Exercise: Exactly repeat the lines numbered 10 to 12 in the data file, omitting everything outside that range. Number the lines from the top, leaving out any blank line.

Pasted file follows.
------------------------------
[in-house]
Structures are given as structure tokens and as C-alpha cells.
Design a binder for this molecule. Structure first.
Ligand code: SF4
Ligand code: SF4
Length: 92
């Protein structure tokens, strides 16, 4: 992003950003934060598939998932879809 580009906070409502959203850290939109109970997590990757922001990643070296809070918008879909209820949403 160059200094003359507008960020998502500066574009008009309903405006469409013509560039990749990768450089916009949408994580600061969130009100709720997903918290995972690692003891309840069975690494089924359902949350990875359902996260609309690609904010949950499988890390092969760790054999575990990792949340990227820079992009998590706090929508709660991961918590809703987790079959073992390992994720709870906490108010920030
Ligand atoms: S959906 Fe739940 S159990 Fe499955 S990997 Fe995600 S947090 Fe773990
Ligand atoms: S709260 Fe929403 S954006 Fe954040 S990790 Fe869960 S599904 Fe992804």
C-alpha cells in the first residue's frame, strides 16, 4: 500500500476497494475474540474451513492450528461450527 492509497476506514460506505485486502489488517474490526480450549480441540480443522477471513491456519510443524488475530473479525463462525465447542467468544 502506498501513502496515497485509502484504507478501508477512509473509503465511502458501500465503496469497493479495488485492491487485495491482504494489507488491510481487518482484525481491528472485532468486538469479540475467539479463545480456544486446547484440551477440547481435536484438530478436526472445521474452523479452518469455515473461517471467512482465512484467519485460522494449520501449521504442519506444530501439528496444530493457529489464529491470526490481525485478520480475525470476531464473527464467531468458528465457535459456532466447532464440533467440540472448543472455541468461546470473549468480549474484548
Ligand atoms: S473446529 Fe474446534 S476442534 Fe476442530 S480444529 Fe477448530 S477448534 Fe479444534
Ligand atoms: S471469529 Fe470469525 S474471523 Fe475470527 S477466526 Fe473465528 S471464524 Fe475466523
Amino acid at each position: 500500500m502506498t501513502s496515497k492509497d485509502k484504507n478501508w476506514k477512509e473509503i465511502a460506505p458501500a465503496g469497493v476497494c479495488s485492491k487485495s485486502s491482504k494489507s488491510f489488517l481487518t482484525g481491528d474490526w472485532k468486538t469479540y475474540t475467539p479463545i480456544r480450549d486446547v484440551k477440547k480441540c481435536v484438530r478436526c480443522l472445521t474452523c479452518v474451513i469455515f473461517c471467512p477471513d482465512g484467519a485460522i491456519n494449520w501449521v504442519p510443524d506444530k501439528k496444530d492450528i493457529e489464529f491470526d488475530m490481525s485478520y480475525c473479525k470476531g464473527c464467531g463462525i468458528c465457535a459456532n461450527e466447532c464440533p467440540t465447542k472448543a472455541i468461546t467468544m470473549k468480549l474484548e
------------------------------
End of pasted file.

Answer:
C-alpha cells in the first residue's frame, strides 16, 4: 500500500476497494475474540474451513492450528461450527 492509497476506514460506505485486502489488517474490526480450549480441540480443522477471513491456519510443524488475530473479525463462525465447542467468544 502506498501513502496515497485509502484504507478501508477512509473509503465511502458501500465503496469497493479495488485492491487485495491482504494489507488491510481487518482484525481491528472485532468486538469479540475467539479463545480456544486446547484440551477440547481435536484438530478436526472445521474452523479452518469455515473461517471467512482465512484467519485460522494449520501449521504442519506444530501439528496444530493457529489464529491470526490481525485478520480475525470476531464473527464467531468458528465457535459456532466447532464440533467440540472448543472455541468461546470473549468480549474484548
Ligand atoms: S473446529 Fe474446534 S476442534 Fe476442530 S480444529 Fe477448530 S477448534 Fe479444534
Ligand atoms: S471469529 Fe470469525 S474471523 Fe475470527 S477466526 Fe473465528 S471464524 Fe475466523